“The early settlers of Portland — to use an expression of Judge Tourgee’s — ‘squatted hard’ and struggled mightily against the environment of fir trees.”
— Harvey Scott, editor of the Oregonian.
In the History of Portland, published in 1890, author Harvey Scott describes American cities with reductive mundanity: “A city here is but a spot where population is more dense than elsewhere.”
By this measure, Portland is a mighty beast of a Northwest city, with 600,000 residents clogging the bridges and overflowing the sewers. The next most populous city in Oregon — Salem — lags behind, at a mere 165,000, or so.
Scott’s 700-page history describes the many reasons an emigrating swarm of non-Native people settled in Portland during the nineteenth century, like a “moving crowd on the street…press[ing] as near as possible to the scene of an accident.” As he says, “[T]he purpose to live in a certain municipality may, in many cases, spring from sordidness,” a prophetic look forward, perhaps, to the city’s many strip clubs, bars, and naked bike rides. But such things do not sustain a person forever.
What is Portland’s secret to smug overpopulation?
A geographical honey trap, Portland rests in a happy nexus of topological bounty, drawing in people like a barker on a midway. After tediously measuring distances to other major towns and cities, the flow of rivers, and the arrangement of railway lines, Scott concluded that “Portland is laid out by nature on a scale commensurate with the geographical environment of which she is the center.” Our self-satisfaction comes to us honestly. As for the ever-looming threat of Seattle up north? Scott turns to science to reassure Portlanders of their inevitable superiority: “It is simply a principle of physics that any body, whether a ball or a train of cars, will roll most readily down an inclined plane, and the friction or traction is increased by the attempt to go up hill.” Seattle is north, and north is “up,” as any geographer knows. Plus, Portland spends a few days each year clearing the Willamette of human sewage — it is a low hell. As the giant rat-like Nutria who paddle the ways and byways of the Willamette and its tributaries will tell you, Portland is, indeed, the settlement of least resistance.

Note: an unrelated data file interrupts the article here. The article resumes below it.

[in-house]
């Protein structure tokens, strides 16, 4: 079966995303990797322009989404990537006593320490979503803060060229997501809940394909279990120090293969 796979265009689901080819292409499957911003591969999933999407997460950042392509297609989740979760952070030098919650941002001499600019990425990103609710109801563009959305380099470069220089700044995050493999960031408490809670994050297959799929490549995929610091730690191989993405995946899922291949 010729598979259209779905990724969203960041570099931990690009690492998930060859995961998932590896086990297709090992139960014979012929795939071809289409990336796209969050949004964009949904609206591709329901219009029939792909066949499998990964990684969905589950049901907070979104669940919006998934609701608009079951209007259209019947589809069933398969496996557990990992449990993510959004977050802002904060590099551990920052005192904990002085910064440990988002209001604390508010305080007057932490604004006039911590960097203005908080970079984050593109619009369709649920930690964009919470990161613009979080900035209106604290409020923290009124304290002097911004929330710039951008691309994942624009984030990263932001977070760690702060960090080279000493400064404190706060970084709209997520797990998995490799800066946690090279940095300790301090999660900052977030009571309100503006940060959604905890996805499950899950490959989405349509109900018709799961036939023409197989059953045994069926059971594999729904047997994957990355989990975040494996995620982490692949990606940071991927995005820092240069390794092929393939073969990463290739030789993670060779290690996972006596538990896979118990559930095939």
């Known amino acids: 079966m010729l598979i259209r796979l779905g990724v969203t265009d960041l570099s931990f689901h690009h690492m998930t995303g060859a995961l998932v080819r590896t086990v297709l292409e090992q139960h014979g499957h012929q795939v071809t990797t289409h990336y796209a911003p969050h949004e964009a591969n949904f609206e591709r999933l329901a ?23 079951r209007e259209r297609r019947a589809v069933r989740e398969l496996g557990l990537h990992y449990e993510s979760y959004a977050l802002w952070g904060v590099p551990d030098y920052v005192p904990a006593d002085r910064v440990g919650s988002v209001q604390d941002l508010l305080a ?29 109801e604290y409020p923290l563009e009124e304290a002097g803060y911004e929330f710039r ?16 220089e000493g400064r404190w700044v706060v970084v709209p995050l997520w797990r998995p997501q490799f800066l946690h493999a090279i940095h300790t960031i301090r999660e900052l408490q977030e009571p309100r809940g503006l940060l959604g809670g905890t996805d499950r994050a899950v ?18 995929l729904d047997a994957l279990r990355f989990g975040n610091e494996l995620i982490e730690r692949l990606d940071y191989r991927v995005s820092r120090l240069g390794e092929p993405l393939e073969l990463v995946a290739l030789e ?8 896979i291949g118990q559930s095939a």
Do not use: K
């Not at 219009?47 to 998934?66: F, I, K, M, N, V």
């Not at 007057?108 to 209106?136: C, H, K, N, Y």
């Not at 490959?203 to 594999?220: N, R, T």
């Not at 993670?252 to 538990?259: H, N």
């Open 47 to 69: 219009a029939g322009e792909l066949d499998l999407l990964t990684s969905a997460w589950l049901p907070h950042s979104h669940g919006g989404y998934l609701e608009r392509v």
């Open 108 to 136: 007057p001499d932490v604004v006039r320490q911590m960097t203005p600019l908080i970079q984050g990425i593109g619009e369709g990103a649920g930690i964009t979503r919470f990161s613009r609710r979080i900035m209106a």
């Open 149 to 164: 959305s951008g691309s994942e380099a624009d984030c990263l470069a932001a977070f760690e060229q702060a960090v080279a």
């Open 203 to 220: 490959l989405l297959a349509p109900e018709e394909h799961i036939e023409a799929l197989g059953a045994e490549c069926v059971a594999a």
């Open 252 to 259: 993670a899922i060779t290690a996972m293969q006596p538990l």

For a more measured (and accurate) history of Portland, I invite you to browse The Oregon Encyclopedia (OE) and the OHS Research Library's award-winning Oregon History Project (OHP), sites that have been publishing authoritative Oregon history for over a decade, free to the public. We work with historians, scholars, educators, and local experts to provide comprehensive and accessibly brief entries on significant people, places, events, and biota in the state, and we illustrate those entries with images and documents from the OHS Research Library and our archival project partners.
The OE and OHP contain over 1,000 entries on Portland-related topics, so we created an online exhibit, Portland: A Lot of People Have Lived Here. The exhibit includes a link to an interactive history map called the Oregon History Wayfinder, navigable on mobile devices, with links to the OHP and its trove of digitized archival materials.
Portland is as beautiful and interesting as it was when Harvey Scott wrote his exuberant history, and we are fortunate to live in a place where that history is observable on the landscape and in the built environment. Please, enjoy your stay. Exits are to the north, south, and east, with wind and hypothermic waters to the west.
First stanza from the “Beautiful Willamette,”
by Samuel L. Simpson, 1868
From the Cascades’ frozen gorges, Leaping like a child at play, Winding, widening through the valley, Bright Willamette glides away; Onward ever, Lovely river, Softly calling to the sea; Time that scars us, Maims and mars us, Leaves no track or trench on thee.
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